A modern coastal ocean observing system using data from advanced satellite and in situ sensors – an example
Yoder, James A.
Davis, Curtiss O.
Dierssen, Heidi M.
Muller-Karger, Frank E.
Sosik, Heidi M.
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This report is intended to illustrate and provide recommendations for how ocean observing systems of the next decade could focus on coastal environments using combined satellite and in situ measurements. Until recently, space-based observations have had surface footprints typically spanning hundreds of meters to kilometers. These provide excellent synoptic views for a wide variety of ocean characteristics. In situ observations are instead generally point or linear measurements. The interrelation between space-based and in-situ observations can be challenging. Both are necessary and as sensors and platforms evolve during the next decade, the trend to facilitate interfacing space and in-situ observations must continue and be expanded. In this report, we use coastal observation and analyses to illustrate an observing system concept that combines in situ and satellite observing technologies with numerical models to quantify subseasonal time scale transport of freshwater and its constituents from terrestrial water storage bodies across and along continental shelves, as well as the impacts on some key biological/biogeochemical properties of coastal waters.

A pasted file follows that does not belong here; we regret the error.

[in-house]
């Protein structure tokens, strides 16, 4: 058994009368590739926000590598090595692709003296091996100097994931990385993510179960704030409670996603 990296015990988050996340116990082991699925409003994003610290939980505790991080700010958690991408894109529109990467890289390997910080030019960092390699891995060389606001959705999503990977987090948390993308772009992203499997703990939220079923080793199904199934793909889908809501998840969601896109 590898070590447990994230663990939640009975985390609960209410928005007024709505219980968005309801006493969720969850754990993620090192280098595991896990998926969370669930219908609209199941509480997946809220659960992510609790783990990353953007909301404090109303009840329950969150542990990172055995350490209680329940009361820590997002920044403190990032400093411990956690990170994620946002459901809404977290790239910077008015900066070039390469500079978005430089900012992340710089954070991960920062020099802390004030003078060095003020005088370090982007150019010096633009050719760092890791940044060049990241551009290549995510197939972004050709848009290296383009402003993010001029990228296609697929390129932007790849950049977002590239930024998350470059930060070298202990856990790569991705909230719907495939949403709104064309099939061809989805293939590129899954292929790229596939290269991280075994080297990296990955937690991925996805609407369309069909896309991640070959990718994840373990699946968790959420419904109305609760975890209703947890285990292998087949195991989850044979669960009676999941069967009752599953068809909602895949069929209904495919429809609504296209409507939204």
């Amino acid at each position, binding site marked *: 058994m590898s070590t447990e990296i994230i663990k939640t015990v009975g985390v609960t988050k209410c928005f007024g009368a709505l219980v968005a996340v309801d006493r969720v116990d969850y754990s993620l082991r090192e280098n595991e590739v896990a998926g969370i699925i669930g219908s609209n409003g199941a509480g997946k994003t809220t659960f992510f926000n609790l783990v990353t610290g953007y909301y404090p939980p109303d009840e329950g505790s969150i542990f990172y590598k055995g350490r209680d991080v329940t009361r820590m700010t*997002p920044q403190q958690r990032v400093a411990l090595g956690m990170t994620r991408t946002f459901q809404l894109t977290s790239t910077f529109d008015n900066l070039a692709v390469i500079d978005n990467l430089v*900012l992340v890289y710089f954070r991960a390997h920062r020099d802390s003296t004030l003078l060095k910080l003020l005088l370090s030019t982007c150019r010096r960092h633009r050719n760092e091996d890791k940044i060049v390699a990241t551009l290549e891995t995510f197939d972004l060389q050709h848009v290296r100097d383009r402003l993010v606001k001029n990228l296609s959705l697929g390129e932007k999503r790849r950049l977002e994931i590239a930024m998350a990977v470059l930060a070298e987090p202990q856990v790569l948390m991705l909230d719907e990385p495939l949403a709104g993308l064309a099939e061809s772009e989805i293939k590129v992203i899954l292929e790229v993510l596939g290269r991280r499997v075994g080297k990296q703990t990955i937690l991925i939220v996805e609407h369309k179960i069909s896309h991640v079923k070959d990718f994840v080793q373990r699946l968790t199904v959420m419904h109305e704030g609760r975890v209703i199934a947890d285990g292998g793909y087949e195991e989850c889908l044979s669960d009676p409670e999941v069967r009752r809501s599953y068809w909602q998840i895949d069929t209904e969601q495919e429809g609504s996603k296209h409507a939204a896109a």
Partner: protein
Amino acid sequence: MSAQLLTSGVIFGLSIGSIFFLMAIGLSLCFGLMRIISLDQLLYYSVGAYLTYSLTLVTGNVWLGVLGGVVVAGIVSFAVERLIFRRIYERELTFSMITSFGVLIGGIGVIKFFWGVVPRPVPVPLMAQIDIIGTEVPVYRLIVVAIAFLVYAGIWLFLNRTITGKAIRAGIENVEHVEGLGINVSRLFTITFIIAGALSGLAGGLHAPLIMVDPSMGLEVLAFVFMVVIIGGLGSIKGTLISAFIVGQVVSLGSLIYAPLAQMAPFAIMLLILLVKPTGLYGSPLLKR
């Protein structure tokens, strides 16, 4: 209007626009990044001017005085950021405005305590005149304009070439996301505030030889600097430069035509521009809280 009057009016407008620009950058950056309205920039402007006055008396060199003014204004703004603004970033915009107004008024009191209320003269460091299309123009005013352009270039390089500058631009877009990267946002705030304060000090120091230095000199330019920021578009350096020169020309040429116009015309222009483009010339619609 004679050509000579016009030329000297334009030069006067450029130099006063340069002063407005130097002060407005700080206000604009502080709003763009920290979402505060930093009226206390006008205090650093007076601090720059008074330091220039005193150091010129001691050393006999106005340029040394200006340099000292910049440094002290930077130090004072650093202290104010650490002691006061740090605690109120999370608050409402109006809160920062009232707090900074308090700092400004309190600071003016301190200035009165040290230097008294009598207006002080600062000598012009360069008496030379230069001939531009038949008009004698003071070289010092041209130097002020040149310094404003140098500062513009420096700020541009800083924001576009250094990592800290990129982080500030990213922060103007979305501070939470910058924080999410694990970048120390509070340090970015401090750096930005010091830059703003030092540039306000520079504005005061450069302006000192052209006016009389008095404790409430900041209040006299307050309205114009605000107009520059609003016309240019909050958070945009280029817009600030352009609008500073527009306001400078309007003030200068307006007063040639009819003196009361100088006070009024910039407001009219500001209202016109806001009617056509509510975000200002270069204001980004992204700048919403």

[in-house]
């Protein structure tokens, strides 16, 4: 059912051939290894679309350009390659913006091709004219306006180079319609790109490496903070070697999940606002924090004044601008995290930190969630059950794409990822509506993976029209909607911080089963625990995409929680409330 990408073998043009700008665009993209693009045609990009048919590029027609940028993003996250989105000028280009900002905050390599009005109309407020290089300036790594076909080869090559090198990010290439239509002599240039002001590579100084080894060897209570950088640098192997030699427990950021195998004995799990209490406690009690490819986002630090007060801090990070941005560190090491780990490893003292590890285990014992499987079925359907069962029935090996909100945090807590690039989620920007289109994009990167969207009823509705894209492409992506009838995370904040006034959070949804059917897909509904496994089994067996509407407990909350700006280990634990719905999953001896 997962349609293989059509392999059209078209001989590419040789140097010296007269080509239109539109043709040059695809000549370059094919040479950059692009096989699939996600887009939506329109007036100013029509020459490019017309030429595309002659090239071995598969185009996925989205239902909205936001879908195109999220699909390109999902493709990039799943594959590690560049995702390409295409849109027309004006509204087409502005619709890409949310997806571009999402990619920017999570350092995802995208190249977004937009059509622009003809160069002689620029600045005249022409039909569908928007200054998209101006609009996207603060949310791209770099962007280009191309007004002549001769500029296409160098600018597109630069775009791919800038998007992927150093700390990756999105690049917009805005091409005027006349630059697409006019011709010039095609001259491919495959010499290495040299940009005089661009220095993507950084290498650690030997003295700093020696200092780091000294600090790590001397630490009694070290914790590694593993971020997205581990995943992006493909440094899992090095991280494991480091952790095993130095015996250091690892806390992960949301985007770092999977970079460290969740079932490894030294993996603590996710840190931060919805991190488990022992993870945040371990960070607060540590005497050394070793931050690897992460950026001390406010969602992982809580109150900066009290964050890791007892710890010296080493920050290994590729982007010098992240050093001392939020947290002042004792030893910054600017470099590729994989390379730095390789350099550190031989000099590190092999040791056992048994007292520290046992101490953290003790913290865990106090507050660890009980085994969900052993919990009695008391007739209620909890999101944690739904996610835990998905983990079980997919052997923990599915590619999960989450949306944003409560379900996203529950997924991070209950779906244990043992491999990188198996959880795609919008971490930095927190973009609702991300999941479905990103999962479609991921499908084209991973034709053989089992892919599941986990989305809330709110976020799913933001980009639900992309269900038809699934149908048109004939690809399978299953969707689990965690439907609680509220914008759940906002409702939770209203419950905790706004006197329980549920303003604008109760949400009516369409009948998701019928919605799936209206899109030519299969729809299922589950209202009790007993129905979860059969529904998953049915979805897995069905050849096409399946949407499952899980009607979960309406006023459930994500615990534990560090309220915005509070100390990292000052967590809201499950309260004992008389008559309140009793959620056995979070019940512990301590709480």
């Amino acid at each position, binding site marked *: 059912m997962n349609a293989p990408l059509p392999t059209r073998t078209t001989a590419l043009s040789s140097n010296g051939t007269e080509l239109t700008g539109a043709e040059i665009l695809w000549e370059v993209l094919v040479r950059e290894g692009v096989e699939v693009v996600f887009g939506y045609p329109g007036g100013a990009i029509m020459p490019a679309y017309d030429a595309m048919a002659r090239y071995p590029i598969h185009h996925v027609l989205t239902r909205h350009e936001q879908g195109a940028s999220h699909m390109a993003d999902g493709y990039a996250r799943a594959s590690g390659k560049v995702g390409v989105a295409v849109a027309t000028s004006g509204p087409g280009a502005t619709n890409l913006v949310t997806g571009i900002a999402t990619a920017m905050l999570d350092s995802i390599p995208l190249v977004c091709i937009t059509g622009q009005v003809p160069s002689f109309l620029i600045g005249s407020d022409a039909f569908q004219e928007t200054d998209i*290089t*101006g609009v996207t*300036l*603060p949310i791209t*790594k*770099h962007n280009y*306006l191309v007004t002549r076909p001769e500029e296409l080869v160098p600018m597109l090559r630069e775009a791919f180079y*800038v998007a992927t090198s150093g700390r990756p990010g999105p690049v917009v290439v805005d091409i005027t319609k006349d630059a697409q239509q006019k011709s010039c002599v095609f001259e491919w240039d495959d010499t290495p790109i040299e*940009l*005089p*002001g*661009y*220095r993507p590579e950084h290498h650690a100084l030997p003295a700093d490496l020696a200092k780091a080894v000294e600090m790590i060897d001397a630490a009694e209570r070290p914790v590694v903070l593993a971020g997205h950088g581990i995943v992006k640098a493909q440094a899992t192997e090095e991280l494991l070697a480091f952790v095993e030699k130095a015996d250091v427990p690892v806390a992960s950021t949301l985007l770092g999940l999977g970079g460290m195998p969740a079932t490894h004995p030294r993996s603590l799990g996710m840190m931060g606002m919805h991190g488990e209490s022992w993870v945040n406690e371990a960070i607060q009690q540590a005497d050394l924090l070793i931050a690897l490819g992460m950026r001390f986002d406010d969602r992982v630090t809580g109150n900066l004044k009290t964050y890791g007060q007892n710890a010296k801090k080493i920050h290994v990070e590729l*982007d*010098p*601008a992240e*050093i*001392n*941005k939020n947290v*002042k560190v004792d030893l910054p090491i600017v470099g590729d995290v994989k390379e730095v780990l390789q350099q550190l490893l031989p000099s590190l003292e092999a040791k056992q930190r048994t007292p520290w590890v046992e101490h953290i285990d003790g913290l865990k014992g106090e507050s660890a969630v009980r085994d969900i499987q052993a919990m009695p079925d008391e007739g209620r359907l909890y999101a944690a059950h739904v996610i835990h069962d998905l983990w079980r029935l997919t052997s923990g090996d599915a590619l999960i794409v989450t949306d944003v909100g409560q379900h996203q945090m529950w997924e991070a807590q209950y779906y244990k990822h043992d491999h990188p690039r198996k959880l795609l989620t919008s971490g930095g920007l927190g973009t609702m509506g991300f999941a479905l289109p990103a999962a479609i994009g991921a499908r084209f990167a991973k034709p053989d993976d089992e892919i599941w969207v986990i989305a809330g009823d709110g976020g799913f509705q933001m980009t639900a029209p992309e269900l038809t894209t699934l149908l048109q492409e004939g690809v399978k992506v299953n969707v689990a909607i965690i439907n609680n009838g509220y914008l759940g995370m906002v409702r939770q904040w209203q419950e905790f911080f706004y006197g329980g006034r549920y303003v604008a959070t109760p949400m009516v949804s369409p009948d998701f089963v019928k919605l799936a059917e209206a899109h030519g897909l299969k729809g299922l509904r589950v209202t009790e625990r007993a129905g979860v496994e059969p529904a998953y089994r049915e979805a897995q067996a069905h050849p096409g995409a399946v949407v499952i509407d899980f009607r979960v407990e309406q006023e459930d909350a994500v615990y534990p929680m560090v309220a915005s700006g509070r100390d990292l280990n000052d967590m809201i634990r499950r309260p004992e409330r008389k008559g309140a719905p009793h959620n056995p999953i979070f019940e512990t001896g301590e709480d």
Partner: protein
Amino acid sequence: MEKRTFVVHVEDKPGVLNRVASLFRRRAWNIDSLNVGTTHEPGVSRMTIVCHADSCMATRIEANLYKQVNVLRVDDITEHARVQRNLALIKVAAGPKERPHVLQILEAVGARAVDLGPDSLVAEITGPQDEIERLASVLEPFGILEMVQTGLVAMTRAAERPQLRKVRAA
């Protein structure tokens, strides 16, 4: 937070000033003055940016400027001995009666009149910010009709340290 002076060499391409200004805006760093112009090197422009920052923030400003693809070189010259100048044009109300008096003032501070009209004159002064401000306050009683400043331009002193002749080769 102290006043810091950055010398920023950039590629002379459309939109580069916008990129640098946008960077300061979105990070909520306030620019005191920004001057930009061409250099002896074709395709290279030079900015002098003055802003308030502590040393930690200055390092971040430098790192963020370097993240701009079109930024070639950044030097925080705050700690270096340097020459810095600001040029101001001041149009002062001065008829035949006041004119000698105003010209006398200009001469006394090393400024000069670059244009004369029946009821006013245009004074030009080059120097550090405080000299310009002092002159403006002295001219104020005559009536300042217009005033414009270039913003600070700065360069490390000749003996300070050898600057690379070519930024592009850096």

Report of the Ocean Observation Research Coordination Network In-situ-Satellite Observation Working Group
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